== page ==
The Role of TBX3 in Human ES Cell Differentiation
|ClinicalTrials.gov Identifier: NCT00581152|
Recruitment Status : Unknown
Verified December 2007 by University of California, Irvine.
Recruitment status was: Active, not recruiting
First Posted : December 27, 2007
Last Update Posted : December 27, 2007
Stem cells can develop into every cell, every tissue and every organ in the human body, e.g., they can make any kind of cells in the human body. Stem cells reproduce themselves many times over and over. Their almost limitless potential has made stem cells a significant focus of medical research. But before scientists can use stem cells for medical purposes, they must first learn how to harness their power. They cannot treat disease until they learn how to manipulate stem cells to get them to develop into specific tissues or organs.
We know that turning genes on and off is crucial to the process differentiation, so we can add some factor into the culture dish and observe stem cells to differentiate into specific types of cells. But some sort of signal is needed to actually trigger the stem cells to differentiate. We are still searching for that signal. If we can ultimately learn how to direct stem cells to differentiate into one type of tissue or another, then we can use them to treat patients. In this proposal, we will first examine this step.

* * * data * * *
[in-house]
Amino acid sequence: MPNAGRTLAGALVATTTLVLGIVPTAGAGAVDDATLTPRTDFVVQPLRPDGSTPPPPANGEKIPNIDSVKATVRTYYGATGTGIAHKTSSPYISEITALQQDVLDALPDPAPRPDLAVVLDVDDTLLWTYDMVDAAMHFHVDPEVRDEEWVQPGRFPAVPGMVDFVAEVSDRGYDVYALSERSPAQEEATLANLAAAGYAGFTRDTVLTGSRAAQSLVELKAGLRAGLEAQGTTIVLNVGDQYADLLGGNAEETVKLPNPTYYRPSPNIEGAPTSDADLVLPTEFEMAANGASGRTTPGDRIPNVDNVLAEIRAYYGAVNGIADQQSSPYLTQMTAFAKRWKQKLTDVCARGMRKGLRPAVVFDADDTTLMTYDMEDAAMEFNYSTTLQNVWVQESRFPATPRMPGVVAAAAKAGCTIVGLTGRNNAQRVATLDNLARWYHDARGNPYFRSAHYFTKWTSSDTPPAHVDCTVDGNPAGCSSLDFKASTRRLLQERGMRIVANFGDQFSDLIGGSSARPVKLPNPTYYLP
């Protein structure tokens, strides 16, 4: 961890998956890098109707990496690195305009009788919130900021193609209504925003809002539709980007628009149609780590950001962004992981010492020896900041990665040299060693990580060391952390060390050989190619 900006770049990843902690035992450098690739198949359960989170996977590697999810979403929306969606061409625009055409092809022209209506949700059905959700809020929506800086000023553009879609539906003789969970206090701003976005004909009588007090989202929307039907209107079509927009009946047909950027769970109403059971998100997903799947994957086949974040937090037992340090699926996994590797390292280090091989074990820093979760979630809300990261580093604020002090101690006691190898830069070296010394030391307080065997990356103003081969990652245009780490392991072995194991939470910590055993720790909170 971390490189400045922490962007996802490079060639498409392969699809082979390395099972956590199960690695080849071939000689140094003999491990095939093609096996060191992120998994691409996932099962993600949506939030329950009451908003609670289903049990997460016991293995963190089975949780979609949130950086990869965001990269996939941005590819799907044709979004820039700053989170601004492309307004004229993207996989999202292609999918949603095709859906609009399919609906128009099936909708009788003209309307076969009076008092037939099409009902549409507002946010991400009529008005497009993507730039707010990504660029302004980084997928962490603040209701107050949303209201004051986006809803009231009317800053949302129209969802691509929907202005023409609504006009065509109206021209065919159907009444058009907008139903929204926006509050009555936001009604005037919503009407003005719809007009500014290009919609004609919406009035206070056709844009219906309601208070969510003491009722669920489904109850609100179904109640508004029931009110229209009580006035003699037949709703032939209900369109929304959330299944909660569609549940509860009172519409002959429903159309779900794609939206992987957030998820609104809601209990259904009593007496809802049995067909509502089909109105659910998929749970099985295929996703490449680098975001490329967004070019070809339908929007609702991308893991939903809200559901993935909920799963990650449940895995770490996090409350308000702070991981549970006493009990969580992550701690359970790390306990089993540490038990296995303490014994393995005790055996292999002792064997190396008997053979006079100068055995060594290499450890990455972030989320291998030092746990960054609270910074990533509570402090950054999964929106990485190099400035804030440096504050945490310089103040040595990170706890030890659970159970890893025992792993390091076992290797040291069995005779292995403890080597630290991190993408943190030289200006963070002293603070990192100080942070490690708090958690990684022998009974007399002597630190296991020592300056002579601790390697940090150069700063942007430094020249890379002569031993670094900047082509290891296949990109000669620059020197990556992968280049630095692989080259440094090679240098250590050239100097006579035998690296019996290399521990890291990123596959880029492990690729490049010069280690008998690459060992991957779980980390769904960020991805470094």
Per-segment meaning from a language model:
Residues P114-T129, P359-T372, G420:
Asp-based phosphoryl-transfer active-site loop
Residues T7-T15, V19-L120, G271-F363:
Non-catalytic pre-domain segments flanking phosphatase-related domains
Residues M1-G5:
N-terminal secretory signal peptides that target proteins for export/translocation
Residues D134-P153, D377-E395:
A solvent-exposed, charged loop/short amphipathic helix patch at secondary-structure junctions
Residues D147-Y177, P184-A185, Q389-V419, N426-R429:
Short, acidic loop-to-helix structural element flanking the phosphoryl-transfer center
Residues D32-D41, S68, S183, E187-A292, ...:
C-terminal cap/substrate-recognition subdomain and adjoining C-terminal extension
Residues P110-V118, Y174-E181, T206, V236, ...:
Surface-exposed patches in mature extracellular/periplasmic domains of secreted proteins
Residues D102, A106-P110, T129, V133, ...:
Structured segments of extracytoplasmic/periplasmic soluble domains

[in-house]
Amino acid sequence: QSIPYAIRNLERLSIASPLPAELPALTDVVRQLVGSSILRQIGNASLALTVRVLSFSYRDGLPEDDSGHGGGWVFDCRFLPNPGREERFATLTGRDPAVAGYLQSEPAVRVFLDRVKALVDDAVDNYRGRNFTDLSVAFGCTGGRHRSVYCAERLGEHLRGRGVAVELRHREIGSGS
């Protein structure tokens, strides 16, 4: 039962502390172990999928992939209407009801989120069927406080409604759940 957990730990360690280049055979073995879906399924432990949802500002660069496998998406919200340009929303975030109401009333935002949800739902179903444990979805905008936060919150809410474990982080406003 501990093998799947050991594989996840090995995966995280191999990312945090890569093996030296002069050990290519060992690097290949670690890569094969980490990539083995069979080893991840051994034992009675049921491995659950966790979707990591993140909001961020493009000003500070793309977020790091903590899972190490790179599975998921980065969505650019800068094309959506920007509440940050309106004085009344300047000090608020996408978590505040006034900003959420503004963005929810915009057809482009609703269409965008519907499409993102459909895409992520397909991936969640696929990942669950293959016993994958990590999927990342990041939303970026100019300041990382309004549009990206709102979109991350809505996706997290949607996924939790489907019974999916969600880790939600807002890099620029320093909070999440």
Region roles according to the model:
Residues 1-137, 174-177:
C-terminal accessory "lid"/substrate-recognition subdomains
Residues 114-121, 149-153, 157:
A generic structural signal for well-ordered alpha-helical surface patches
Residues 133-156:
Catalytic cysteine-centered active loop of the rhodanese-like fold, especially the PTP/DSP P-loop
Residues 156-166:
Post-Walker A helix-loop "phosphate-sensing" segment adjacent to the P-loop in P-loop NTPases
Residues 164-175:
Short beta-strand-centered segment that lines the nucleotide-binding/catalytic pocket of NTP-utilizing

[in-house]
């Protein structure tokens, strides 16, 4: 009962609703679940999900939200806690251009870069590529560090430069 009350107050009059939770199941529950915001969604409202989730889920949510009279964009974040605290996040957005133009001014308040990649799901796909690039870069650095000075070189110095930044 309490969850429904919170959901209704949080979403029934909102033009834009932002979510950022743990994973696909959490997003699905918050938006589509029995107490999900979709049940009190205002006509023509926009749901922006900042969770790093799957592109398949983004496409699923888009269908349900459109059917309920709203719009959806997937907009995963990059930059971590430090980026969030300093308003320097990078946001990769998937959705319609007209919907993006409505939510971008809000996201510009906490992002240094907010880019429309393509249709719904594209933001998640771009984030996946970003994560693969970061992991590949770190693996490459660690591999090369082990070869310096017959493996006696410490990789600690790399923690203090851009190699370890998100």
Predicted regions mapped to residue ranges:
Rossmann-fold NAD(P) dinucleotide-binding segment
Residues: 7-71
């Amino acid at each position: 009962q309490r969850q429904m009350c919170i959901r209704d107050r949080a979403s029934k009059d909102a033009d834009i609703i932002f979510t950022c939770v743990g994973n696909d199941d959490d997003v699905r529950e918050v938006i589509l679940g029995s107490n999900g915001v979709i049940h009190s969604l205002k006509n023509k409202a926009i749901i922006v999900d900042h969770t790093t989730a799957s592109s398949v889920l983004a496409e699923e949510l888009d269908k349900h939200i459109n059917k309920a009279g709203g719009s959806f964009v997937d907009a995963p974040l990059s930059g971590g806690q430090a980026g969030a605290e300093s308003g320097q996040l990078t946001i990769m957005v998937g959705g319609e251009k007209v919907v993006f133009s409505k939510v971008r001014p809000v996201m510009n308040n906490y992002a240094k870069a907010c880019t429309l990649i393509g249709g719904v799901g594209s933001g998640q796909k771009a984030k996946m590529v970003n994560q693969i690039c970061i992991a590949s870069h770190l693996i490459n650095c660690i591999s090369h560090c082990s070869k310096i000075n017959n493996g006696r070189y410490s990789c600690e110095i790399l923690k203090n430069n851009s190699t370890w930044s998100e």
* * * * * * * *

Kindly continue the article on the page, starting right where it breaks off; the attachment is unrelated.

We propose a novel approach to understanding differentiation of human embryo stem (hES) cells, by studying TBX3, a protein called a transcription factor that controls the expression of other genes. In humans, the loss of function of TBX3 causes Ulnar-Mammary Syndrome, a genetic disorder that can pass from one generation to the next. Furthermore, our preliminary results show that TBX3 is downstream mediator of another protein, BMP4. BMP4 is a known key regulator for hES cell differentiation. Thus, TBX3 is an attractive candidate as a downstream mediator of BMP4 in hES cell differentiation. We will test TBX3 effects on hES cell differentiation if down-regulate TBX3 in hES cells with a technology called siRNA knockdown. We will identify the genes controlled by TBX3 with a recently invented powerful technology called CHIP-GLAS. This technique allows us to examine thousands of genes on a small chip in a single experiment. We expect that the innovative experiments proposed here will open a new avenue to understanding the signal of hES cell differentiation.
|Condition or disease|
|TBX3 Cell Differentiation|
Show Detailed Description
|Study Type :||Observational|
|Estimated Enrollment :||4 participants|
|Official Title:||The Role of TBX3 in Human ES Cell Differentiation|
|Study Start Date :||August 2007|
|Estimated Study Completion Date :||August 2010|
- The cell morphology and biochemical changes will be examined for the effects of TBX3 knockdown on hES cell differentiation, including testing human ß-CG estradiol and progesterone. [ Time Frame: 3 years ]
- To identify the targets of TBX3 in BMP4-induced hES cells, we will perform ChIP-GLAS analysis. CHIP-GLAS will allow us to identify the genome-wide downstream target genes directly bound by TBX3 in hES cells. [ Time Frame: 3 years ]
Biospecimen Retention: Samples With DNA